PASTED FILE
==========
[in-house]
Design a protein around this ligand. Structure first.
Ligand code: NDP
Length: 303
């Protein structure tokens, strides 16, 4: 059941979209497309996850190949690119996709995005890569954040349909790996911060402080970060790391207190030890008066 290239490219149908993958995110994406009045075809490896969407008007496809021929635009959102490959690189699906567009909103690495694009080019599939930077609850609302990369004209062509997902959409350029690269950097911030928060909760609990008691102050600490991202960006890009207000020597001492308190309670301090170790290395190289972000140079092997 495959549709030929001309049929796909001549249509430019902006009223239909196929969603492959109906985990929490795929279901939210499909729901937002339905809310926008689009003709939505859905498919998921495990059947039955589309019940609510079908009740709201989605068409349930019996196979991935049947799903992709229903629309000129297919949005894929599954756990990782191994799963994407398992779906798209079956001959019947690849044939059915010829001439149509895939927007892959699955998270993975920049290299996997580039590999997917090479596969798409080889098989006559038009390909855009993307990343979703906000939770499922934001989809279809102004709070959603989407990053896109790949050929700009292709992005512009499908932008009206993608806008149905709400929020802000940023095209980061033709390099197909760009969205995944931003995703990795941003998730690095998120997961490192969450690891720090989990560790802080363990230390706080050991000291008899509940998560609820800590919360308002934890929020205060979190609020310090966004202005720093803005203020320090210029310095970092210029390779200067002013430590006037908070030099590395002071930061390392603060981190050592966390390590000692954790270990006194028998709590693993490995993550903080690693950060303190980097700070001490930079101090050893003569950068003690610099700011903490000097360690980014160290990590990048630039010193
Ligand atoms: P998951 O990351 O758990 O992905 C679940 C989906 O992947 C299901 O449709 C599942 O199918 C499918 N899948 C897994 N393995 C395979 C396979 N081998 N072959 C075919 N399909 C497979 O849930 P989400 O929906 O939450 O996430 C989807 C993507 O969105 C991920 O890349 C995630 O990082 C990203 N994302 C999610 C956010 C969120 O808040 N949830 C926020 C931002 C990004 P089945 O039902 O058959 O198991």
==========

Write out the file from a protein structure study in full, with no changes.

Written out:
[in-house]
Design a protein around this ligand. Structure first.
Ligand code: NDP
Length: 303
């Protein structure tokens, strides 16, 4: 059941979209497309996850190949690119996709995005890569954040349909790996911060402080970060790391207190030890008066 290239490219149908993958995110994406009045075809490896969407008007496809021929635009959102490959690189699906567009909103690495694009080019599939930077609850609302990369004209062509997902959409350029690269950097911030928060909760609990008691102050600490991202960006890009207000020597001492308190309670301090170790290395190289972000140079092997 495959549709030929001309049929796909001549249509430019902006009223239909196929969603492959109906985990929490795929279901939210499909729901937002339905809310926008689009003709939505859905498919998921495990059947039955589309019940609510079908009740709201989605068409349930019996196979991935049947799903992709229903629309000129297919949005894929599954756990990782191994799963994407398992779906798209079956001959019947690849044939059915010829001439149509895939927007892959699955998270993975920049290299996997580039590999997917090479596969798409080889098989006559038009390909855009993307990343979703906000939770499922934001989809279809102004709070959603989407990053896109790949050929700009292709992005512009499908932008009206993608806008149905709400929020802000940023095209980061033709390099197909760009969205995944931003995703990795941003998730690095998120997961490192969450690891720090989990560790802080363990230390706080050991000291008899509940998560609820800590919360308002934890929020205060979190609020310090966004202005720093803005203020320090210029310095970092210029390779200067002013430590006037908070030099590395002071930061390392603060981190050592966390390590000692954790270990006194028998709590693993490995993550903080690693950060303190980097700070001490930079101090050893003569950068003690610099700011903490000097360690980014160290990590990048630039010193
Ligand atoms: P998951 O990351 O758990 O992905 C679940 C989906 O992947 C299901 O449709 C599942 O199918 C499918 N899948 C897994 N393995 C395979 C396979 N081998 N072959 C075919 N399909 C497979 O849930 P989400 O929906 O939450 O996430 C989807 C993507 O969105 C991920 O890349 C995630 O990082 C990203 N994302 C999610 C956010 C969120 O808040 N949830 C926020 C931002 C990004 P089945 O039902 O058959 O198991």